What if the number of active entities is changing?

The total number of entities created can be higher than the number of active entities, as evident from the following two figures. The total number of entities in the HTTP logs dataset is 2 million within 2 months, but each entity only appears seven times on average. The number of active entities within a time-boxed interval is much less than 2 million. The following figure presents an example time series of network size of IP addresses from the HTTP logs dataset.

http log data distribution

The KPI dataset also shows similar behavior, where entities often appear in a short amount of time during bursts of entity activities.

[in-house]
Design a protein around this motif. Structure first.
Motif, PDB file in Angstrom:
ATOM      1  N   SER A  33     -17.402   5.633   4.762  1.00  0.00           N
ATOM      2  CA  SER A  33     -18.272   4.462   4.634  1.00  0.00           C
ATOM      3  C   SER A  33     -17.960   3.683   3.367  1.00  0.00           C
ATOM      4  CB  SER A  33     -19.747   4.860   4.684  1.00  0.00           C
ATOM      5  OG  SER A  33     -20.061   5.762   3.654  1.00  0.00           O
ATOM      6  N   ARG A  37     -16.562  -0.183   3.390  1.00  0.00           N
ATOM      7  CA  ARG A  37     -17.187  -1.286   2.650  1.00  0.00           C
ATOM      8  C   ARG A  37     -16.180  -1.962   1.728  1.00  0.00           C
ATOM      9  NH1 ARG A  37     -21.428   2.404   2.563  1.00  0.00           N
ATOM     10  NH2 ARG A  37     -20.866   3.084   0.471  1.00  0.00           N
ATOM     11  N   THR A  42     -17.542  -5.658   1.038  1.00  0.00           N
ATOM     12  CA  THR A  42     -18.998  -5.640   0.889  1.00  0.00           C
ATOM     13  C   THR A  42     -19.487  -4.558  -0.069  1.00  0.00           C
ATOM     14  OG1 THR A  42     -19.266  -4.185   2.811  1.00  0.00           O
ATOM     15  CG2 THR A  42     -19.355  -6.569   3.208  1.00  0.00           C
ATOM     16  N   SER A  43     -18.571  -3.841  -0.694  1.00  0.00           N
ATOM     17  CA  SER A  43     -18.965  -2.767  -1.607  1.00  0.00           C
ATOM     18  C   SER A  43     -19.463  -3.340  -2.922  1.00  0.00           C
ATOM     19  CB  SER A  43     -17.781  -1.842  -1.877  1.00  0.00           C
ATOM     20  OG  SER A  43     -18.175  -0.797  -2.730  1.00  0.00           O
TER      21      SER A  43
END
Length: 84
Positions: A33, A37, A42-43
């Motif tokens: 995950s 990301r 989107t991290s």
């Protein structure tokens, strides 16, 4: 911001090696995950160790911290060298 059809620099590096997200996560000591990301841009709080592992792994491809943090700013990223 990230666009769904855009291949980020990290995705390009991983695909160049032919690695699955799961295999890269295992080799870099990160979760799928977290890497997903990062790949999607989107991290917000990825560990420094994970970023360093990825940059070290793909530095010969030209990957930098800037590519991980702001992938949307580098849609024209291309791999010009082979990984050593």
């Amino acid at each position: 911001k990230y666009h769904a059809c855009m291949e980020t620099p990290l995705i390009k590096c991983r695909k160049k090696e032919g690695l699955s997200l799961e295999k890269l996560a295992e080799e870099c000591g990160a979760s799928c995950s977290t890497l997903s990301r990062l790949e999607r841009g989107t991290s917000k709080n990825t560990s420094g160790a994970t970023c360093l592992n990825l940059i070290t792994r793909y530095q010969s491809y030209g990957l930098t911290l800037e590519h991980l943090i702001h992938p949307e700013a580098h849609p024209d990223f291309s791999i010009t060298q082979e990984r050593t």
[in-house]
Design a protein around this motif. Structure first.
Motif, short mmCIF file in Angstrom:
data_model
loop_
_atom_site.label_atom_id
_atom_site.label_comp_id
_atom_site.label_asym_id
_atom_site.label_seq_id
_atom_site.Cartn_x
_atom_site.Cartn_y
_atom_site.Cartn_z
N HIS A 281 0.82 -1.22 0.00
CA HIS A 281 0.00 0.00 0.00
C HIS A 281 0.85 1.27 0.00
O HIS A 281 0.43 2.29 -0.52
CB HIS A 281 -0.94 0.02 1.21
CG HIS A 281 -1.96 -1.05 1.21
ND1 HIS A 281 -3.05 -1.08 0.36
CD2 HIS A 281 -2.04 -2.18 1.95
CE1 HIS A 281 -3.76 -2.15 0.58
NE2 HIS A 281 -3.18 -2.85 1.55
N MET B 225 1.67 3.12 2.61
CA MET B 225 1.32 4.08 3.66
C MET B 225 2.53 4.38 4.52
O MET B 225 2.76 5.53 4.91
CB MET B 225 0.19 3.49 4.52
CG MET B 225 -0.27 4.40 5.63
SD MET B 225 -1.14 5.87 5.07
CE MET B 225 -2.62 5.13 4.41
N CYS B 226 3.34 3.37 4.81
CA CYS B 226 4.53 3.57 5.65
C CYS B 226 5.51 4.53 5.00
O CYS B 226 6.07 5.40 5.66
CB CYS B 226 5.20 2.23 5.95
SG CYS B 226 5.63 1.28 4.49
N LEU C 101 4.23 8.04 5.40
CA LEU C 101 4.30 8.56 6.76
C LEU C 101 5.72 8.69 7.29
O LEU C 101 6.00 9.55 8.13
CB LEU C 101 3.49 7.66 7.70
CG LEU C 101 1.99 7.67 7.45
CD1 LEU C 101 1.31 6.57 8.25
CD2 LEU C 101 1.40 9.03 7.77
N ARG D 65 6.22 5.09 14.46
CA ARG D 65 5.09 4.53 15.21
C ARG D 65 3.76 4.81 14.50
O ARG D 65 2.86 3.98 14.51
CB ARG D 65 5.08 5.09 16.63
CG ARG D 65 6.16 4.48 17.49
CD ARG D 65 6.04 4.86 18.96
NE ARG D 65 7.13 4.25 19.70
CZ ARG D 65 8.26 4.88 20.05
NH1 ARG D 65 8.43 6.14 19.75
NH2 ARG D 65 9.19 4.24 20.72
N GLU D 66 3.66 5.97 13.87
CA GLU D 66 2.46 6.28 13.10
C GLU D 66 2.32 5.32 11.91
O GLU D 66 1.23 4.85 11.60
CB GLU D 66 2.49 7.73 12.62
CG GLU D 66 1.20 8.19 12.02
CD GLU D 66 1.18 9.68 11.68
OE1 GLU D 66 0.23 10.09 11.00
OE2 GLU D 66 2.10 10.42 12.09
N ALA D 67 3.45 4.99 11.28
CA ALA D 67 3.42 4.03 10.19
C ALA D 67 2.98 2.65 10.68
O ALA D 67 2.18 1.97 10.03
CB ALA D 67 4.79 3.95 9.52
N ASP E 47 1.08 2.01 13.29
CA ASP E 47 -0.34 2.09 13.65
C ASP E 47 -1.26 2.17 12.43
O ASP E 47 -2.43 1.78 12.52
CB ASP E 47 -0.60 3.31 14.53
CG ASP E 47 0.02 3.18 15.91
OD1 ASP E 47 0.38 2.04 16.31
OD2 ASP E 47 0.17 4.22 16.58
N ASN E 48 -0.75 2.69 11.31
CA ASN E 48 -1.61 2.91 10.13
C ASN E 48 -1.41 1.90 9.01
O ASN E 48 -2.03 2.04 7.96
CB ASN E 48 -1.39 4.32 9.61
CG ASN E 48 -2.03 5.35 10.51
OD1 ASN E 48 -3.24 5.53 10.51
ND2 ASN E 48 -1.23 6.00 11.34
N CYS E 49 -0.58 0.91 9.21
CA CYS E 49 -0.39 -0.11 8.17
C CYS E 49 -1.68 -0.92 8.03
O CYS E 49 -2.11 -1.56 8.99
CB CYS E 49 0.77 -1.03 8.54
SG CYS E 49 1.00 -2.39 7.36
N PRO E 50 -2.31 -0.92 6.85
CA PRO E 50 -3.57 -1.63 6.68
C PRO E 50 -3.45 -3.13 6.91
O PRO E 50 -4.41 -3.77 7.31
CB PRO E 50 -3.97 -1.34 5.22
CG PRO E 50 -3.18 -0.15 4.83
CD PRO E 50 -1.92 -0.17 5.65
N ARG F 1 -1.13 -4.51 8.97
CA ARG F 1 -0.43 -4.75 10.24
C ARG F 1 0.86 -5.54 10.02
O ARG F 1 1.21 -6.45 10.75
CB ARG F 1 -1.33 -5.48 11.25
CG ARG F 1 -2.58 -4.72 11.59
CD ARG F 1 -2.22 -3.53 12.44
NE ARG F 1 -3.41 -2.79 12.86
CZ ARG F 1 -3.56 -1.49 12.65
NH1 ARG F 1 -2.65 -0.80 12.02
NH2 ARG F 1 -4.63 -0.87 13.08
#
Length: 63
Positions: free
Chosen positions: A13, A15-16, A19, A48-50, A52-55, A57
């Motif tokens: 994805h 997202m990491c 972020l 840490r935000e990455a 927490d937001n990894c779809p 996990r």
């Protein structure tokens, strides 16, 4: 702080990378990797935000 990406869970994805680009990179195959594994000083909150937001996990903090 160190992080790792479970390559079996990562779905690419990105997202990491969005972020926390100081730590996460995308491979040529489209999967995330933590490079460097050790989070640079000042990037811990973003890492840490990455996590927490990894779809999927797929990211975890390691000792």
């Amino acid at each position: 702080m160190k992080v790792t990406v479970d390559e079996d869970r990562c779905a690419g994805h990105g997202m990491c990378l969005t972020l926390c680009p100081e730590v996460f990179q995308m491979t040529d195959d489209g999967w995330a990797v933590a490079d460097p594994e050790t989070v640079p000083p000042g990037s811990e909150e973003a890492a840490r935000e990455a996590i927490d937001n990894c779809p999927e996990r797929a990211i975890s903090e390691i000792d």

kpi data distribution

AD requires large sample sizes to create a comprehensive picture of the data patterns, making it suitable for dense time series that can be uniformly sampled. AD can still train models and produce predictions if the preceding bursty behavior can last a while and provide at least 400 points. However, training becomes more difficult, and prediction accuracy is lower as data gets more sparse.

It’s wasteful to preallocate memory according to the total number of entities in this case. Instead of the total number of entities, we need to consider the maximal active entities within an interval. You can get an approximate number by using a date_histogram and cardinality aggregation pipeline, and sorting during a representative period. You can run the following query if you’re indexing host-cloudwatch and want to find out the maximal number of active hosts within a 10-minute interval throughout 10 days: